Doctors in Berlin claim to have found a "cure" for HIV (BERLIN PATIENT, 2010) (TIMOTHY BROWN, THE BERLIN PATIENT, 2010)
Dec 18, 2010
Hi Dr. Bob. I was on the internet and ran across this article:http://www.aidsmap.com/page/1577949/ I was wondering what you think about its potential and whether you think it holds up scientifically. I'm currently in medical school and am amazed by HIV. This also makes me hopeful because I exposed myself to HIV through unprotected heterosexual vaginal sex (I'm the guy) and am getting tested today. I have a very bad feeling but this has made me hopeful that even if I am infected a cure may be found in my lifetime.
Take care and hope you are in good health!!
Response from Dr. Frascino
We have been following the story of "The Berlin Patient" for a number of years. Due to a recent publication in the medical journal "Blood," the story has resurfaced with great fanfare. So it's time for an update on not only what happened, but also on what it all means. You asked if I thought the story "holds up scientifically." Yes, it does, but most people don't understand the whole story or it's potential relevance. Consequently, let me recap briefly.
Timothy Brown is an American with acute myeloid leukemia (AML) who was treated at the Charite-University Medicine Berlin in 2007. Mr. Brown developed leukemia after having been diagnosed HIV positive. Talk about bad luck! But his luck then changed big time! The treatment for AML involves chemotherapy, radiation therapy and stem-cell transplants. In essence the doctors needed to completely wipe out Mr. Brown's existing immune system and attempt to reconstitute it from scratch using donor stem cells. This is a very dangerous procedure with a significant morbidity and mortality rate. It's also incredibly expensive -- hundreds of thousands of dollars! (And that's if all goes well).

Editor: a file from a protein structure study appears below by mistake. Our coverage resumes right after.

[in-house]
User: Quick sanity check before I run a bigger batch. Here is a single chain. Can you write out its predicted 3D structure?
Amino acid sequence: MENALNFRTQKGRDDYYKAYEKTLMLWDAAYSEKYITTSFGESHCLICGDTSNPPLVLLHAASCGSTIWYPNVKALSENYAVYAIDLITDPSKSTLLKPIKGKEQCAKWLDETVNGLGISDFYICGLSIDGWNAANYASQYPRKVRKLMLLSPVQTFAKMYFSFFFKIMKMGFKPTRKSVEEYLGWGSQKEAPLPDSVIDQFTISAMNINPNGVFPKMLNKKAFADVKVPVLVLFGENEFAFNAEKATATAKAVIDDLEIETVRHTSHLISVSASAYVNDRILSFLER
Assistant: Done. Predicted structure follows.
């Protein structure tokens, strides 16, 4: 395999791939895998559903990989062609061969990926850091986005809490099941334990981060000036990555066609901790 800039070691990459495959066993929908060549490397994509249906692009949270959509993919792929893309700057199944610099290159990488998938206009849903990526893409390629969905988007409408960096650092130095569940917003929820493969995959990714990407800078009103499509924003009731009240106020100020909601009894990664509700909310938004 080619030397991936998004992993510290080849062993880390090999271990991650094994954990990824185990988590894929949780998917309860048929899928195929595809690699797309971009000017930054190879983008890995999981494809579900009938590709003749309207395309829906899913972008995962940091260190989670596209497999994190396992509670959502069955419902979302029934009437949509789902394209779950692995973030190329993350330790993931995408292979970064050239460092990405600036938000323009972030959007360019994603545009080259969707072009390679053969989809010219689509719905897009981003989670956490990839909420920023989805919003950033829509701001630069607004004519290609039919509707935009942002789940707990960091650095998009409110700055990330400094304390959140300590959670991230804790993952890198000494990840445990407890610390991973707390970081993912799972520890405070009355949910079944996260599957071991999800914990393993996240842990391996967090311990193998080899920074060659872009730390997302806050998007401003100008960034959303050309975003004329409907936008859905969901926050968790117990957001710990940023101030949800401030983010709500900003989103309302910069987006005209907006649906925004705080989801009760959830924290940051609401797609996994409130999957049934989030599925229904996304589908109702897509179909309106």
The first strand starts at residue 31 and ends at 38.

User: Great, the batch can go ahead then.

So how does this relate to an HIV "cure"? Glad you asked. This part gets a bit confusing, so pay attention. HIV needs certain receptors on cells in order to gain access to and infect immune cells. The most common type of receptor is termed "CCR5." If a cell doesn't have a CCR5 receptor, HIV viruses that require this receptor are essentially locked out. Put another way, the person lacking CCR5 receptor is immune to HIV virus requiring CCR5 to gain access and infect immune cells. A very small portion of the general population is lucky enough to have a mutation of the CCR5 gene that they inherited from both their parents (homozygous). Timothy Brown received a stem-cell donation from a donor who had the mutation and luckily his stem-cell transplant was eventually successful. (He had a relapse of his leukemia 13 months after the initial treatment and required a second round of treatment including another stem-cell transplant from the same donor.) As his new immune system grew, it too had the CCR5 mutation. Consequently, HIV-requiring CCR5 couldn't enter or infect new cells. Mr. Brown has now been off antiretroviral drugs for 3.5 years and shows no sign of HIV. It's an amazing story. But before you decide to fly to Berlin and ask for the same treatment, it's important to realize the following:
1. Not all HIV viruses require CCR5 to infect cells. Some viruses use an entirely different receptor (CXCR4).
2. Wiping out your immune system is extremely dangerous carries a significant risk that you could wind up dead as a doornail. It only makes sense when you have a disease like acute myeloid leukemia, which is already killing you quite rapidly.
3. Most folks do not have several hundred thousand dollars lying around, unless they're among the top 1% of Americans who will benefit from extending the Bush tax breaks for gazillionaires.
4. Finding someone with the delta 32 mutation that blocks CCR5 viruses from entering cells is extremely difficult. According to Tony Fauci, the head of the National Institute of Allergy and Infectious Diseases, only 1% of Caucasians and 0% of blacks have the mutation. Plus, you would need to find not only a donor with the mutation, but also a donor that was a "match" for you (immunologically compatible).
The bottom line is that this treatment will never be ready for prime time. It may, however, open new doors into research toward a cure that could. As always, we'll keep you posted as this story continues to evolve.
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